Secretary of State Kerry hailed Philippines Supreme Court ruling that confirms security deal with U.S. as he hosted Philippines leaders. Rough Cut (no reporter narration).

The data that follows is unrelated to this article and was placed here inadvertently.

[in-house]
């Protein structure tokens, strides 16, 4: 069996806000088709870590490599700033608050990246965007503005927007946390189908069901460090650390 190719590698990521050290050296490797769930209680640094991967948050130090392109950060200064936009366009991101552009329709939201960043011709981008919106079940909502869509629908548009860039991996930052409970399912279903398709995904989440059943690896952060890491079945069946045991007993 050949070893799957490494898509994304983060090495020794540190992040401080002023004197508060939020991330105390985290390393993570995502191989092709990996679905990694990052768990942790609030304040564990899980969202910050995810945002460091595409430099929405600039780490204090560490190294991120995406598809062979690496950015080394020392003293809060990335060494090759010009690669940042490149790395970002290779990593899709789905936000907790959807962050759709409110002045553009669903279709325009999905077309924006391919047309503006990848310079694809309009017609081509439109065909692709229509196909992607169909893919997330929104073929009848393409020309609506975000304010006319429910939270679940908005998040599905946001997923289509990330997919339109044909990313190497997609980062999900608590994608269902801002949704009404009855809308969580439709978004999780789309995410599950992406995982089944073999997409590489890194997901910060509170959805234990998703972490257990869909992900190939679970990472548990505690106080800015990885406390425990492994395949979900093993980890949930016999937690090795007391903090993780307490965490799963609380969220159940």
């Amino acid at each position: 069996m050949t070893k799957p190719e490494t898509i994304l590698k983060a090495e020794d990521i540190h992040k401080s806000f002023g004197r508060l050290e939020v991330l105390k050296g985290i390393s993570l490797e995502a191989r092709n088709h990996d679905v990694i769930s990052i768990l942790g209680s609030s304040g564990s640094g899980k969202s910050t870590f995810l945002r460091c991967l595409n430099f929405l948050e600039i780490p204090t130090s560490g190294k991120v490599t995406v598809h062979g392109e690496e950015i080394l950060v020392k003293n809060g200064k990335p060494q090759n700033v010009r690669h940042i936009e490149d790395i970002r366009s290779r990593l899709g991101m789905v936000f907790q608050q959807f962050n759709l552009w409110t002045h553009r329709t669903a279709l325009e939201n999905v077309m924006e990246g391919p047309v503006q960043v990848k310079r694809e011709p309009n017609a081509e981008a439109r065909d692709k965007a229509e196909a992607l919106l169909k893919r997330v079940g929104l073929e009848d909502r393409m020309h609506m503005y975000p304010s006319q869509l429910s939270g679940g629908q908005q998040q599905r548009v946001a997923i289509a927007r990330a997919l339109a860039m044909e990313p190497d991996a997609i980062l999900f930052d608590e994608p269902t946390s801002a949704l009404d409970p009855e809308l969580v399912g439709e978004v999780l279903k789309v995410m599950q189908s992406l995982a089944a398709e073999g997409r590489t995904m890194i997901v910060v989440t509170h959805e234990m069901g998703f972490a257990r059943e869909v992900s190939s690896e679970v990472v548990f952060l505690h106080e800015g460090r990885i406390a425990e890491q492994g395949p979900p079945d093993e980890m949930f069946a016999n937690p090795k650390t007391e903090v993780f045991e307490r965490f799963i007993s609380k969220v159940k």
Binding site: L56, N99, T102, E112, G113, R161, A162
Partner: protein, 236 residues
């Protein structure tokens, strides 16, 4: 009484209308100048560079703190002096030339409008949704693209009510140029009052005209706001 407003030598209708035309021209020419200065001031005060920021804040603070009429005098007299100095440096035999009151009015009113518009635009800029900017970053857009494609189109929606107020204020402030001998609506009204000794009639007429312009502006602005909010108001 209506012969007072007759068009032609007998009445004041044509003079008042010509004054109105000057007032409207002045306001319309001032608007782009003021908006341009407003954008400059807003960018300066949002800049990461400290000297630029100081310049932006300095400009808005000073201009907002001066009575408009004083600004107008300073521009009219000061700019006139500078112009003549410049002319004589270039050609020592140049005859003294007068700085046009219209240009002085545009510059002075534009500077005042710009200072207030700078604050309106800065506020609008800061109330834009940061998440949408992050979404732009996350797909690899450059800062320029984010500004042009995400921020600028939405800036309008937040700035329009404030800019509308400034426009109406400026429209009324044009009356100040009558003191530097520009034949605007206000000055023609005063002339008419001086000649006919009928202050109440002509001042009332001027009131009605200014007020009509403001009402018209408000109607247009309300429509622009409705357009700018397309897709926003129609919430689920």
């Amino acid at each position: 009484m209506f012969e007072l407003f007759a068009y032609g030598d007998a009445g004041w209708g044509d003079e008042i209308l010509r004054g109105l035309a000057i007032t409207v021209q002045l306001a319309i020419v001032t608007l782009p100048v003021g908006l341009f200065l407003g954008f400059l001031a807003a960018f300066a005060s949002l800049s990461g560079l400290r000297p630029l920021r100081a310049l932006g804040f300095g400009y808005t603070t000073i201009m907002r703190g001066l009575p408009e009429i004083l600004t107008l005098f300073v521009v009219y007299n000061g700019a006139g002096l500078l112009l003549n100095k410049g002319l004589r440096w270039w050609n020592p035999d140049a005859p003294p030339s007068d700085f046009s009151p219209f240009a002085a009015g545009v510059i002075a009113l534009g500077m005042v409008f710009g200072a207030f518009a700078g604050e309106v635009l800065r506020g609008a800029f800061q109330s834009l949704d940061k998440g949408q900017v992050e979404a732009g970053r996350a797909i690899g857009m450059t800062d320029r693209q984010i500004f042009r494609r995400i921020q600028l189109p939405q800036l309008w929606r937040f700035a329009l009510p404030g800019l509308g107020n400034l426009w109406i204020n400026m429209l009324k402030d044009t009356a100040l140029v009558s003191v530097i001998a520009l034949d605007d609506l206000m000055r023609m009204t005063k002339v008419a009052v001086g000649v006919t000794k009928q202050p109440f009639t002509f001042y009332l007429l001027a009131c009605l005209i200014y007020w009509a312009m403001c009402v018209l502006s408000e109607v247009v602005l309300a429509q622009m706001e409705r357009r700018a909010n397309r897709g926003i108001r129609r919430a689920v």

ROUGH CUT (NO REPORTER NARRATION) STORY: U.S. Secretary of State John Kerry welcomes the Foreign Minster and Defense Minister of the Philippines to the State Department after the Philippines Supreme Court declared a security deal with the United States constitutional, allowing an increased U.S. military presence in the former U.S. colony as tension rises in the South China Sea. "We welcome the Philippines Supreme court's decision that the Enhanced Defense Cooperation agreement is consistent with the Philippine Constitution," Kerry said. "It is a very important decision." Those views were echoed by U.S. Defense Secretary Ash Carter. "The United States has indicated our intention to fly, sail, and operate wherever international law allows, whether it be the South China Sea or anywhere else, around the world, he said. Carter added, that the decision by the Philippine Supreme Court "Gives us new opportunities." The court voted 10-4 to deny a petition of some lawmakers and activists to declare the Enhanced Defense Cooperation Agreement (EDCA) unconstitutional because it surrendered Philippine sovereignty to a foreign power. Manila has long been a staunch U.S. ally and the pact is widely seen as important for both sides, which are worried by China's increasingly assertive pursuit of territorial claims in the disputed South China Sea. Philippines Defense Minister Voltaire Gazmin said, "our security interests are becoming increasingly intertwined, while we grapple with non-traditional security concerns, and natural man-made disasters; traditional security challenges to include territorial and maritime disputes, remain to be fundamental concerns." At a State Department meeting -- where he was joined by Philippines Foreign Minister Albert del Rosario the Defense Minister added, "Given this strategic context, we should be in a position to address such common concerns, as well as contribute to regional peace and stability." The pact was signed days before U.S. President Barack Obama visited the Philippines in 2014. It will allow U.S. troops to build facilities to store equipment for maritime security and humanitarian and disaster response operations, in addition to broad access to Philippine military bases. Philippine military officials say there has been an increase in U.S. exercises, training and ship and aircraft visits in the past year under President Barack Obama's "rebalance" of U.S. forces and diplomatic efforts to Asia in the face of China's rise, but the pact would take the relationship a step further. China claims almost all the South China Sea, which is believed to have huge deposits of oil and gas, and has been building up facilities on islands it controls.